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Left Hand Locking Up?

Discussion in 'Technique [BG]' started by Journey55, Jan 10, 2012.

  1. I really hope someone here has an easy solution, and this isn't a bad medical problem but.....
    I've recently started to jump up my songs I'm learning to more string bouncing songs (ie Muse, Zeppelin) and although I start off sections strong, eventually my left hand starts to lock up and I'm forced to take a break. I first noticed this when I was learning Dazed and Confused and got to the solo section where JPJ keeps playing the 5's and 7's for a long time. I simply assumed that the song was out of my physical ability to play at the moment and elected to return to it later with more experience, however this keeps occurring on more and more songs which has led me to believe that there is something up with my left hand/fretting technique...any ideas on what it might be or on how to fix it?
  2. cracked_machine


    Jan 8, 2010
    I'm sure someone here will criticize this advice, but hey this is my experience (10+ years and no injuries)

    Make sure sure your thumb is in the correct position behind the neck (vertical). Octaves can be a bitch when it comes to cramps, etc.., but it does get better with practice. Muse stuff like New Born or Uprising is notorious for killing your left hand.

    Don't grip so hard. I also had similar problems gripping a pick too hard (with the other hand obviously). You need to relax your hand a bit more.

    Also If your thumb is all bent out of shape (not vertical) you're probably wearing the bass too low for your hand size/arm length. Bite the bullet and wear it a bit higher.

    Practice will always help, but stretching is recommended and don't practice too hard otherwise your fears about injury might come true.
  3. eddododo

    eddododo Supporting Member

    Apr 7, 2010
    Stretching should be done AFTER exertion (playing)

    Keep your palm OFF the neck

    Amd most of all PRACTICE THESE SONGS SLOWWWW WITH GOOD TECHNIQUE AND HAND ALIGNMENT. this will develope the strength and endurance of the correct technique, rather than just trying to start playing fast and continue playing crappy
  4. fearceol


    Nov 14, 2006
    This tells me that you jump headlong into fast intense playing from the very start. In this case it is not surprising that your hand locks up. When you start your practice, before you even touch the bass, warm up first, with gentle stretches for about three to five minutes. Do a You Tube search for "Warm Up Hand stretches for Guitar" if you are unsure what to do. Then pick up the bass and spend five minutes or so SLOWLY playing some chromatic scales or such like. Build up to intense playing gradually.

    Keeping well hydrated can also help.
  5. winterburn69


    Jan 27, 2008
    I've had the same problem with that part of Dazed & Confused for about 4 or 5 years! I'll definitely have to put these tips to use! that part sounds so awesome but totally kills my left hand!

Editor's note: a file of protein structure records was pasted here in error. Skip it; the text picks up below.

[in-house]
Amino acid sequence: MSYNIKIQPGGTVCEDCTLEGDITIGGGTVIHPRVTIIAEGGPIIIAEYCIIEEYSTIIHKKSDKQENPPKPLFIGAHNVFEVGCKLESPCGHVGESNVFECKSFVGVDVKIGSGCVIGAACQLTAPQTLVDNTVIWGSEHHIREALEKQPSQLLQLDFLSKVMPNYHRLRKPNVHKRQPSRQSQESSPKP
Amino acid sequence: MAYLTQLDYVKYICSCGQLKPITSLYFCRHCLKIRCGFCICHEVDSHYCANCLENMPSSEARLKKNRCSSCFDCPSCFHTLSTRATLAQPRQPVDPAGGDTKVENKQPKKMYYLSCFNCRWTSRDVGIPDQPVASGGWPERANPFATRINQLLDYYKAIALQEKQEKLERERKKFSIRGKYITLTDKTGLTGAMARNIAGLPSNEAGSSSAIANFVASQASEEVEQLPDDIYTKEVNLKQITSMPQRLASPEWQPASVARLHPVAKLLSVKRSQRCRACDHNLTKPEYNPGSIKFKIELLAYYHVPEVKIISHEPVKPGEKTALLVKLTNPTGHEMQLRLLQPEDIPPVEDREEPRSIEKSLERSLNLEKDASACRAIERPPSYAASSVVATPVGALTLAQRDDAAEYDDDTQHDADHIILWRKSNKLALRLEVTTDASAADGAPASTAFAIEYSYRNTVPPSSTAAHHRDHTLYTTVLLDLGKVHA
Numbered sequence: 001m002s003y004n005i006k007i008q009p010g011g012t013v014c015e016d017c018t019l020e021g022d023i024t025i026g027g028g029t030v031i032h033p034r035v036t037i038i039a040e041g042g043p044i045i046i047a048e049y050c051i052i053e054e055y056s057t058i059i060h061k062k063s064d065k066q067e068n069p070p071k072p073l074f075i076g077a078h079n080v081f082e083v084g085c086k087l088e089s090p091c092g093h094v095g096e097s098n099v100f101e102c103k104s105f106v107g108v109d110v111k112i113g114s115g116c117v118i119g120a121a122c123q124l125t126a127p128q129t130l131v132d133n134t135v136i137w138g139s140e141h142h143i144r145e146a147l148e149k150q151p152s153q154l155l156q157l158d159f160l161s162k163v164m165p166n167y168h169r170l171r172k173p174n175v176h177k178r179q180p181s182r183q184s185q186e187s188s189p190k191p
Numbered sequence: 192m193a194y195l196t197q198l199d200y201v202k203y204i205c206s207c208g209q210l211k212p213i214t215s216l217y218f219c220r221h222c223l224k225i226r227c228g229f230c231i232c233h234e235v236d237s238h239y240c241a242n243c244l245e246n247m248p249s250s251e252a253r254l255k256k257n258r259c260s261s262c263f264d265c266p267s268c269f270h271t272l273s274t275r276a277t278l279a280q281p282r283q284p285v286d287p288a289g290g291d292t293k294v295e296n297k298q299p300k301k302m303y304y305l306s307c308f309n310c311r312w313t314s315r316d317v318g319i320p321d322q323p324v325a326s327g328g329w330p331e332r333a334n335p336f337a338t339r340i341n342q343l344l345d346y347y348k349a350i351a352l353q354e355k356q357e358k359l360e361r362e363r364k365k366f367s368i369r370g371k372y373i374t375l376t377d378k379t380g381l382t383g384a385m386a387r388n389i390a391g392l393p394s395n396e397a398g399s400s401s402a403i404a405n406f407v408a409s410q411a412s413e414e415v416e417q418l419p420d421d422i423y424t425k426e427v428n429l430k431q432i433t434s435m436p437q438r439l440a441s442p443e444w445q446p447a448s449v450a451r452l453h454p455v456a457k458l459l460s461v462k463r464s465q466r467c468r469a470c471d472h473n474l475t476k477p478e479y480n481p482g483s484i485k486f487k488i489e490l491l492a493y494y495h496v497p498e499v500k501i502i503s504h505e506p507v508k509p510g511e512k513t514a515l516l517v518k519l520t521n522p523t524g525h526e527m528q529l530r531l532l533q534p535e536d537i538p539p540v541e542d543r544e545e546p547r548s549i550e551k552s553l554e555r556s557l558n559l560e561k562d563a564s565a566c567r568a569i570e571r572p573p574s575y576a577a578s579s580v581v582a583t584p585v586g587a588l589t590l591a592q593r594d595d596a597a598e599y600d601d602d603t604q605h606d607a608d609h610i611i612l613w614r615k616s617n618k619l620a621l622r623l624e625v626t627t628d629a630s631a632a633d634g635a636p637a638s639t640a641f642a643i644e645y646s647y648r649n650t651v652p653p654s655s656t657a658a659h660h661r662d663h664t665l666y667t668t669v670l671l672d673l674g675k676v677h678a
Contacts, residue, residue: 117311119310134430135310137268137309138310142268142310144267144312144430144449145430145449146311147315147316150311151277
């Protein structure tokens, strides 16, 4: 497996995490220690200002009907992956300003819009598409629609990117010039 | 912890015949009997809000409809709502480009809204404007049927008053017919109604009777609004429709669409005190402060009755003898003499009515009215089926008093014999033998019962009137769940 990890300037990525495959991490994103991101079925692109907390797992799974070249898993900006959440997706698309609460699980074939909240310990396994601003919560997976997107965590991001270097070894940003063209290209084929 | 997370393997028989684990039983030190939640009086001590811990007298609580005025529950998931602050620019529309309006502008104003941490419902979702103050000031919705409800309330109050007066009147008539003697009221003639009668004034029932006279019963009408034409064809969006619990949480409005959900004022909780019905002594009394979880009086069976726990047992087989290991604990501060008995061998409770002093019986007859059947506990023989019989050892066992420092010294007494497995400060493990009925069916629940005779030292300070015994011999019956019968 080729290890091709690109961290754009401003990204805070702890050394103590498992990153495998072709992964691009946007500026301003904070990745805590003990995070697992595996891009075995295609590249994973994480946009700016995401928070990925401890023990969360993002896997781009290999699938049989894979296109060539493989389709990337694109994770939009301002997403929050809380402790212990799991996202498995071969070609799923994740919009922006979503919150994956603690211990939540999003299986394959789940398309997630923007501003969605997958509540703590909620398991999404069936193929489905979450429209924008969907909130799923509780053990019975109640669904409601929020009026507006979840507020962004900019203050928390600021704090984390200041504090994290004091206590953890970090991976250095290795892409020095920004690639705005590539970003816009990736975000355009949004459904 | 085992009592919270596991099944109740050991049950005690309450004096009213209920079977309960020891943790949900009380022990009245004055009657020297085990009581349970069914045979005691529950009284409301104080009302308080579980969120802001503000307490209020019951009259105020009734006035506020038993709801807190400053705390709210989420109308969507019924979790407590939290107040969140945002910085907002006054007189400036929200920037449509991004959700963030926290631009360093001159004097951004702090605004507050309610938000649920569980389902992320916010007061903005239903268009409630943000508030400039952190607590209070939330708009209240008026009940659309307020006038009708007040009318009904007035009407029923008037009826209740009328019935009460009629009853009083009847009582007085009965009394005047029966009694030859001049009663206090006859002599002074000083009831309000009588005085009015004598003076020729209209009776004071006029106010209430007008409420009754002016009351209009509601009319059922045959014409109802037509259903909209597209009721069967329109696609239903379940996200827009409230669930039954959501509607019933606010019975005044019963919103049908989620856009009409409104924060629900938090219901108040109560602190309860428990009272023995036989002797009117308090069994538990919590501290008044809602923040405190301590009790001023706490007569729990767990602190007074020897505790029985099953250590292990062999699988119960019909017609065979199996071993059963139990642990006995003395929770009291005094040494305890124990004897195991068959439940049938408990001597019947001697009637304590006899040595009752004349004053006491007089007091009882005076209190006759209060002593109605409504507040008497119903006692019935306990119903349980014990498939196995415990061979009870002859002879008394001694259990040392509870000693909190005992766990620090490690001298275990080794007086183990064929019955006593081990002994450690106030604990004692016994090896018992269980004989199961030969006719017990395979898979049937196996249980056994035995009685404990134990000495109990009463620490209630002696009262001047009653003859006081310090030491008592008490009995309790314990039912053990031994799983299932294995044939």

6. AmadeusXeno


    Mar 8, 2011
    Among the great tips others have already said I have found that massaging my hands before playing for a few minutes helps a lot. Just spend a few minutes massaging each hand starting from your palm to the tips of each finger. It helps the blood flow in your hands and also loosens up the muscles.
  7. Coming back to this after a while and I can play all the songs I had difficulty with with relative ease, with the exception of Dazed and Confused which still evades me but I read over the responses again and saw it said about keeping the thumb vertical, now is that along the truss rod or facing upward? Thanks!
  8. fearceol


    Nov 14, 2006
    Let the thumb go where is naturally wants to.

    Check out these two clips :

  9. Stumbo

    Stumbo Wherever you go, there you are. Supporting Member Commercial User

    Feb 11, 2008
    the Cali Intergalctic Mind Space
    Song Surgeon slow downer software- full 4 hour demo
    Check out the Carol Kaye wrist technique.
  10. INTP


    Nov 28, 2003
    Dallas, TX
    Sounds to me like you need to relax your hands. It doesn't take much pressure to fret, and anything more than needed to get a solid sound is going to cause issues like this.

    If you can practice the parts more slowly, you might develop enough "muscle memory" to be able to play them more relaxed at speed. If you have Reaper, it's pretty simple to take a song and slow it down while preserving the pitch. This will allow you to play along, but at a more relaxed, slower tempo while you're building up to full speed.
  11. skwee


    Apr 2, 2010
    Also, go see a massage therapist.
  12. Clef_de_fa

    Clef_de_fa Guest

    Dec 25, 2011
    first relax and second, you should do a warm up before playing technical music ...
  13. FretNoMore

    FretNoMore * Cooking with GAS *

    Jan 25, 2002
    The frozen north
    I've had this happen a few times, only it's my right hand that cramps. It never happens at rehearsals even if we play more there than at gigs, so I have to think it has to do with tension and/or dehydration. I've tried consciously to play more relaxed, take every chance to relax the fingers, and also make sure I drink enough, and it does help to some degree. Other than that, I think I simply need to practice more between gigs to build the required stamina. Trying to play relaxed and not put so much power into the fretting and plucking is key I believe.

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